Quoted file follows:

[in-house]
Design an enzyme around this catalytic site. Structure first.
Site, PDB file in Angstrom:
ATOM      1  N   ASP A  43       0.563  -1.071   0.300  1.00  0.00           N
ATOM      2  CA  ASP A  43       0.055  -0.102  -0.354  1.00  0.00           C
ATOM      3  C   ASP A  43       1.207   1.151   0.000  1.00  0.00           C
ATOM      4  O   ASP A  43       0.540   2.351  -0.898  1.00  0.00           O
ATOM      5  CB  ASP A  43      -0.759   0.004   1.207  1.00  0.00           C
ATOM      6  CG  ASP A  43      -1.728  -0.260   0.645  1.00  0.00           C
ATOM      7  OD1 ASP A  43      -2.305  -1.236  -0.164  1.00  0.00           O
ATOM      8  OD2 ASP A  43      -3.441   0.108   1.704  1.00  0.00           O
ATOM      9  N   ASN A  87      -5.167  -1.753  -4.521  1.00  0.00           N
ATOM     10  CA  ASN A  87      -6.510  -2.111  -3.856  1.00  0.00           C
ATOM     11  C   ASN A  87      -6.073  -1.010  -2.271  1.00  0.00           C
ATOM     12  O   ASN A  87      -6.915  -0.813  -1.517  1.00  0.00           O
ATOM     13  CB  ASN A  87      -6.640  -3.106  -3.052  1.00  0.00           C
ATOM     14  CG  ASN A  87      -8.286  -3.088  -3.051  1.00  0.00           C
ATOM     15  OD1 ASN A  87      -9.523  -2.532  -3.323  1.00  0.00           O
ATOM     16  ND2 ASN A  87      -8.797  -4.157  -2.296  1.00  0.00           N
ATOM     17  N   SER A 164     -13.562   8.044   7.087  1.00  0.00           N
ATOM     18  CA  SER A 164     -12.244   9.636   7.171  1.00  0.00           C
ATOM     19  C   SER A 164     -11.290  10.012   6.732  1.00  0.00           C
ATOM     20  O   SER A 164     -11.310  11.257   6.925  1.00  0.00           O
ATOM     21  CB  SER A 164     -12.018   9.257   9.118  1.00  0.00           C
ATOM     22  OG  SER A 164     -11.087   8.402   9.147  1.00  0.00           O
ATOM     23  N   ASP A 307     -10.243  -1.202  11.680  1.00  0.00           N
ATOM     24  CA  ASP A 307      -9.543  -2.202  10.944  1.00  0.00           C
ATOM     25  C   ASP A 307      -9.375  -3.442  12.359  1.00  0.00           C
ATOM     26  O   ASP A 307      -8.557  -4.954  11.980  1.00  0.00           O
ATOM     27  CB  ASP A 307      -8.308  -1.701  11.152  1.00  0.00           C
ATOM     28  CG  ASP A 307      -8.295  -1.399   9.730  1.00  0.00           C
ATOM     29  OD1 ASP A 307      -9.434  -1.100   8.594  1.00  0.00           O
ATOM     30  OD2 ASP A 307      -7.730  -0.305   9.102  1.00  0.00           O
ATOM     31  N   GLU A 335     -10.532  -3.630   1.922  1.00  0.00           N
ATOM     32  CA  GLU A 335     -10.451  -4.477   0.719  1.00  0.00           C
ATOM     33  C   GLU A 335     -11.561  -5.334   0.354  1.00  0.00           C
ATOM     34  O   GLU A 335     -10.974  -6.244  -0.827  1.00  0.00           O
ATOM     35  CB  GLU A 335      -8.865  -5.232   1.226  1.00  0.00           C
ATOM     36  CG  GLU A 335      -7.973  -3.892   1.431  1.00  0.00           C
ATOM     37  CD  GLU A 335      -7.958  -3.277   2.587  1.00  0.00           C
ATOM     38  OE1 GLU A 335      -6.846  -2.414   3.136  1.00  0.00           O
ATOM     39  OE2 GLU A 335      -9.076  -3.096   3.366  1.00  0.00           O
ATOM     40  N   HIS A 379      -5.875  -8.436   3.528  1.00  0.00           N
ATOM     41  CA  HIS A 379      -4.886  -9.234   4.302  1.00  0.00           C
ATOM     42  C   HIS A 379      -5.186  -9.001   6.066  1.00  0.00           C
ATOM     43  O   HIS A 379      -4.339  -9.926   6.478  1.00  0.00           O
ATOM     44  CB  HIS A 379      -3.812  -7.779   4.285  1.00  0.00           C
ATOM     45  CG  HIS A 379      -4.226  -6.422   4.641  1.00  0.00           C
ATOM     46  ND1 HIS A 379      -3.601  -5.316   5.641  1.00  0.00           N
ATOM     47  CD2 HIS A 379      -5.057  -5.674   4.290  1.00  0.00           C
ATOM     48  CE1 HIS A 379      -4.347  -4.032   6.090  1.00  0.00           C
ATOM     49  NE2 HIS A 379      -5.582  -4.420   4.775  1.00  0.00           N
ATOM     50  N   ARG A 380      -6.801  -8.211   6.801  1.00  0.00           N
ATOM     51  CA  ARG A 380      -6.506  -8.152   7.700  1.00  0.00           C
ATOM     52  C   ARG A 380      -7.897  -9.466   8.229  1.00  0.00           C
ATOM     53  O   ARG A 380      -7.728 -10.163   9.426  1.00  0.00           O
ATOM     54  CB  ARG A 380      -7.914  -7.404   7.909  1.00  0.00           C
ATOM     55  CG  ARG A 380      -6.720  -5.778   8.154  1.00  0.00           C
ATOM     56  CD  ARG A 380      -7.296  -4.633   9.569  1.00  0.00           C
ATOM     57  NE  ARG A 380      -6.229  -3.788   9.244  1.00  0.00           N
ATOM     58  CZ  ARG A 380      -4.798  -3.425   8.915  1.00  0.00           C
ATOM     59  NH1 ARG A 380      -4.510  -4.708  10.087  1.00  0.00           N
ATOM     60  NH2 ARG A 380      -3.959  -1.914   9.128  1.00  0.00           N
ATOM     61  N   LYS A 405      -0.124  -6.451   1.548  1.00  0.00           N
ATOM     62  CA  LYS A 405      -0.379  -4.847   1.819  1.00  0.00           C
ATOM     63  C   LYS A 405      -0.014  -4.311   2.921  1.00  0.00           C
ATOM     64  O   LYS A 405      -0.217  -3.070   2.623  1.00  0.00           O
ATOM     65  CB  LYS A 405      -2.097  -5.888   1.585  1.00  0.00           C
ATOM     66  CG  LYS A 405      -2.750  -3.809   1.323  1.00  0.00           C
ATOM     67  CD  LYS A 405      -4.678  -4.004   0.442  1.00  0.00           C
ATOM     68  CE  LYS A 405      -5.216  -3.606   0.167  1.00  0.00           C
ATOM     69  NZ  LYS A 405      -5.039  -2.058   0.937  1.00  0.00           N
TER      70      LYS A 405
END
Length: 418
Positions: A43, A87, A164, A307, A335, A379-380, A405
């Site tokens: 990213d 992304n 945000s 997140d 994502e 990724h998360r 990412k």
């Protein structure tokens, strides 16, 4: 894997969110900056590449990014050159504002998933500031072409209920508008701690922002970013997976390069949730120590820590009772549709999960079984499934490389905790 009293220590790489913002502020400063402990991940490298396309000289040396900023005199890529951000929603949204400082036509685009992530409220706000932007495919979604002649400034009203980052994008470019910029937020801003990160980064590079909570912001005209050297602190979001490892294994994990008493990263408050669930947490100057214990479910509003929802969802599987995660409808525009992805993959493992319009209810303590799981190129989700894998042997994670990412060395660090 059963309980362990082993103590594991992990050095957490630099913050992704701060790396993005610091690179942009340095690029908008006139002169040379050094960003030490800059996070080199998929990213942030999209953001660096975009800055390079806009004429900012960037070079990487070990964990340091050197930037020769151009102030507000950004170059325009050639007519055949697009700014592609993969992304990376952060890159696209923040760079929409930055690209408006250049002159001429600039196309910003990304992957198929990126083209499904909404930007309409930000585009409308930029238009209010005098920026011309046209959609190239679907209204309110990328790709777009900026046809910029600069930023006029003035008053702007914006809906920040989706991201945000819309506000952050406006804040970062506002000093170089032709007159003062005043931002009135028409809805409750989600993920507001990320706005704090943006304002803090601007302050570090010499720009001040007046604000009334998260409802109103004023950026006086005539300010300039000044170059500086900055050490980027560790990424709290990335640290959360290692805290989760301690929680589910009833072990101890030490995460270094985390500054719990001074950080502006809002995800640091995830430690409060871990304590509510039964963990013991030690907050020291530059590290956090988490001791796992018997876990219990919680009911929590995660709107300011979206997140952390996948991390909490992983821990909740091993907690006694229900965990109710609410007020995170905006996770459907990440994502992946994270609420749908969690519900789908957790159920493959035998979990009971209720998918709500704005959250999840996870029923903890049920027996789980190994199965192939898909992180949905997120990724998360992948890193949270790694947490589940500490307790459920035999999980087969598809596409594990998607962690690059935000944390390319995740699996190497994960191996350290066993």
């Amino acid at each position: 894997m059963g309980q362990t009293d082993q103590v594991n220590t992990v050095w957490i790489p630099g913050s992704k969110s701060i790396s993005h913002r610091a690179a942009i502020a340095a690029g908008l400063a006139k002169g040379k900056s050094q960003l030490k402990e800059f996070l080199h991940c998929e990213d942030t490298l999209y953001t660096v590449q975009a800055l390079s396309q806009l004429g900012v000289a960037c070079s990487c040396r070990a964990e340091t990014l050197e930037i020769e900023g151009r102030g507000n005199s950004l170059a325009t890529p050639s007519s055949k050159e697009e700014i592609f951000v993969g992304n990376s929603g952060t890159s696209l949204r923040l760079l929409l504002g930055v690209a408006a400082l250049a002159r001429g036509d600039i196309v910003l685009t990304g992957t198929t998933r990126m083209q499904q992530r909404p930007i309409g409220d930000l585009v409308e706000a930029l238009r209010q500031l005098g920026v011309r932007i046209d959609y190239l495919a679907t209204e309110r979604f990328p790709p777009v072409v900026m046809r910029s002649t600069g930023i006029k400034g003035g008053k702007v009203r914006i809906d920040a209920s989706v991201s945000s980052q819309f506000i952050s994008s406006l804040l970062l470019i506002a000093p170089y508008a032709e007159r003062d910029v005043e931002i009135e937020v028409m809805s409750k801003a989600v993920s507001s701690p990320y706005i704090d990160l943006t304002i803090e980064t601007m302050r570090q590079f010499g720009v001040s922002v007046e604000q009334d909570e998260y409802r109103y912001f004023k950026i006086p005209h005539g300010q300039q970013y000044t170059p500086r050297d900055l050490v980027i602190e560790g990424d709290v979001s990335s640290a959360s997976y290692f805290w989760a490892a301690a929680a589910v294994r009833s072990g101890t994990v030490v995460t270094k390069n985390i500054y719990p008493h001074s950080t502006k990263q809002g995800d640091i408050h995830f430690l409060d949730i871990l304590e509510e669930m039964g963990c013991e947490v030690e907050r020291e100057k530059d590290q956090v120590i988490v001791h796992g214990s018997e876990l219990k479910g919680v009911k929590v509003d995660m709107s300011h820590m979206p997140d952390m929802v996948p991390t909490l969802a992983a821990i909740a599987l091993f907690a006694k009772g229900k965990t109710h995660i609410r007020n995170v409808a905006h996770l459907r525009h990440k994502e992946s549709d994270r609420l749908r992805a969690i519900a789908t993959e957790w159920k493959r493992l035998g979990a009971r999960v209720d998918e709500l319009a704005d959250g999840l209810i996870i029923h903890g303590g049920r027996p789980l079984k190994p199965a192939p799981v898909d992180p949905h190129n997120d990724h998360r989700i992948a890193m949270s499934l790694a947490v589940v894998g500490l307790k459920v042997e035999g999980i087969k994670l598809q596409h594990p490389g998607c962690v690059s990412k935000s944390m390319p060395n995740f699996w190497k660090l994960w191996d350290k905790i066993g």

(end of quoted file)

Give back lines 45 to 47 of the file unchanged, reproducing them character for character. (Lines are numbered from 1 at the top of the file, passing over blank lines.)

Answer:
ATOM     42  C   HIS A 379      -5.186  -9.001   6.066  1.00  0.00           C
ATOM     43  O   HIS A 379      -4.339  -9.926   6.478  1.00  0.00           O
ATOM     44  CB  HIS A 379      -3.812  -7.779   4.285  1.00  0.00           C